Marnin Studio's painted boab nuts are a contemporary interpretation of the traditional art of boab nut carving carried out by men. The Boab Nut Project engages more than 15 women across five language groups who paint colourful designs on boabs that are sold in Melbourne, Sydney and the website.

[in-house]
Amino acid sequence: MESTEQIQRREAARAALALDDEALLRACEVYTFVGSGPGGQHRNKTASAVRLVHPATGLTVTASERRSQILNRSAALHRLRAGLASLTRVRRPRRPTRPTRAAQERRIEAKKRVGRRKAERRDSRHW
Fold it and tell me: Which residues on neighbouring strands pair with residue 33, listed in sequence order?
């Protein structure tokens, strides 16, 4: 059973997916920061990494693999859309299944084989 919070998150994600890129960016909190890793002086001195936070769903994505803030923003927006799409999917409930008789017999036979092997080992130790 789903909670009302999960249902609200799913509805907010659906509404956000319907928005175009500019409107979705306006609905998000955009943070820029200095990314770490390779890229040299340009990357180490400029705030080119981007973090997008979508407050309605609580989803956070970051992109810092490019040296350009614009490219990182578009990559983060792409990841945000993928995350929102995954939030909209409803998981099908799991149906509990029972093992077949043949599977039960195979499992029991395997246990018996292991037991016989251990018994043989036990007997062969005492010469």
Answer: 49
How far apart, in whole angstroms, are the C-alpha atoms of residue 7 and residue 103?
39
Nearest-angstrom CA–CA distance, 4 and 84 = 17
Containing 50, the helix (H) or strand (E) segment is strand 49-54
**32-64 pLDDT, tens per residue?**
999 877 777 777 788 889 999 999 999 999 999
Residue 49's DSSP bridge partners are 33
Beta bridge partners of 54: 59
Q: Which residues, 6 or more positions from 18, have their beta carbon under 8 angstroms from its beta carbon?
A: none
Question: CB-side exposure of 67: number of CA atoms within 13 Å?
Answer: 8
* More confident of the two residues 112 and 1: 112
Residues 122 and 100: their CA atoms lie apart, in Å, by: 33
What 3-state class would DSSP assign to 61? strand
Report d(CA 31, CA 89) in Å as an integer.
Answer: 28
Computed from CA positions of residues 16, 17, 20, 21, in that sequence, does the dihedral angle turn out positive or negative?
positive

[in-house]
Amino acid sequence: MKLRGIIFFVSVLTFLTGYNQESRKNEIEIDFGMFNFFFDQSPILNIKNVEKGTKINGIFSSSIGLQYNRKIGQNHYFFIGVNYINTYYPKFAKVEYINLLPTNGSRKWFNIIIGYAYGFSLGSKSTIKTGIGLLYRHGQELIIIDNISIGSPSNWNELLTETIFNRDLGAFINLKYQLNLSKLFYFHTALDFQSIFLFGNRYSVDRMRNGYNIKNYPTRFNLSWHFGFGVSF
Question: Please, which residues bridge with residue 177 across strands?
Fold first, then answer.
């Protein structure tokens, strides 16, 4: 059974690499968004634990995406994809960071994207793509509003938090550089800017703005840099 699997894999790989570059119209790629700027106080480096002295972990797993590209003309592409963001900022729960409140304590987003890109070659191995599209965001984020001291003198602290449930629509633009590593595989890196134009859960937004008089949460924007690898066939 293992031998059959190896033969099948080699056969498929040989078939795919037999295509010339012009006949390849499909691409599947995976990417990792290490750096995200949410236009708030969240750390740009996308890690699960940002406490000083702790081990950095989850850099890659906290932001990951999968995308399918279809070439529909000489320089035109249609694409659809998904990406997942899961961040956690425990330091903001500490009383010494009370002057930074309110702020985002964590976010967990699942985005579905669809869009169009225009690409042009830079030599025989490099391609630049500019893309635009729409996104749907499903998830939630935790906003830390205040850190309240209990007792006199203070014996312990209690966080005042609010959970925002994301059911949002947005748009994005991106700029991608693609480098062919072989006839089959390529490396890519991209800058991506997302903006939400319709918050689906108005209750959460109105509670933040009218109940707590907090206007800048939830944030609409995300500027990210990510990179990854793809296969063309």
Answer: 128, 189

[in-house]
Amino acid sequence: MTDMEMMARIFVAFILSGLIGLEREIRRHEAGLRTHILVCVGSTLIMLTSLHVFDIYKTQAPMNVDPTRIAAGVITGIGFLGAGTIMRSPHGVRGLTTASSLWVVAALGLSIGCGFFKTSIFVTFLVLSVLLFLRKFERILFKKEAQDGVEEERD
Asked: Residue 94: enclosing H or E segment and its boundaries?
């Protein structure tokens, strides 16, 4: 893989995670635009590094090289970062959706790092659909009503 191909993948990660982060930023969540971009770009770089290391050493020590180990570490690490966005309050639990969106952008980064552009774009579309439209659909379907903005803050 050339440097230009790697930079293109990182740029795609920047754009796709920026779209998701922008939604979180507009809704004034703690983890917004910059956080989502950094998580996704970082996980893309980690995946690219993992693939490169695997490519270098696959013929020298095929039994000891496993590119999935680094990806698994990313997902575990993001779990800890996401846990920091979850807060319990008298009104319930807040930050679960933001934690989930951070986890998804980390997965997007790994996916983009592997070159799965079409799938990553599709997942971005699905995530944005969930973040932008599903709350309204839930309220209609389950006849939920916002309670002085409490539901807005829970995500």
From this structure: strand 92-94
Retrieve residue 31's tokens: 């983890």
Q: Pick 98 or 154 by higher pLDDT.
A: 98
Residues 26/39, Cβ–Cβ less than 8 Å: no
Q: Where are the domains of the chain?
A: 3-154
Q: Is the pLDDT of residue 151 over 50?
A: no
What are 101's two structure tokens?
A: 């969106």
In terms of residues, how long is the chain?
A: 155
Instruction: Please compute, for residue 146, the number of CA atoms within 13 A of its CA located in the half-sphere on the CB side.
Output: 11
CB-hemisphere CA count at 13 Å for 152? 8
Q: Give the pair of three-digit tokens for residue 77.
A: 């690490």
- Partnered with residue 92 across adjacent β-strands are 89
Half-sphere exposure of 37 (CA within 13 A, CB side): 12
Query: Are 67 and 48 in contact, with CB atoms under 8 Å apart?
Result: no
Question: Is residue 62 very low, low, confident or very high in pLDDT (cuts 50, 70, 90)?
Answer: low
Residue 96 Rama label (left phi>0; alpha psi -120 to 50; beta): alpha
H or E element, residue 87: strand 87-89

The wet season and green grass time is known in Bunuba as Girinybalu or Murlurru, when the larrgari trees (boab tree) produces wajarri (fruit) and jawarrjaliny (flowers). The jawarrjaliny are believed to be connected to the lightning and must not be picked. When the wajarri have matured they become hardened and the pulp is dry and can be removed and eaten. Young larrgari trees can be chopped and the outer bark stripped to access the softer inner bark tissue, which holds moisture and is sucked on during long walks across country away from waterholes. A contemporary interpretation on the traditional carved boab, the wajarri are painted using patterns and a colour palette unique to the experience of each artist. Each painted boab nut is unique with its own character and story of place.
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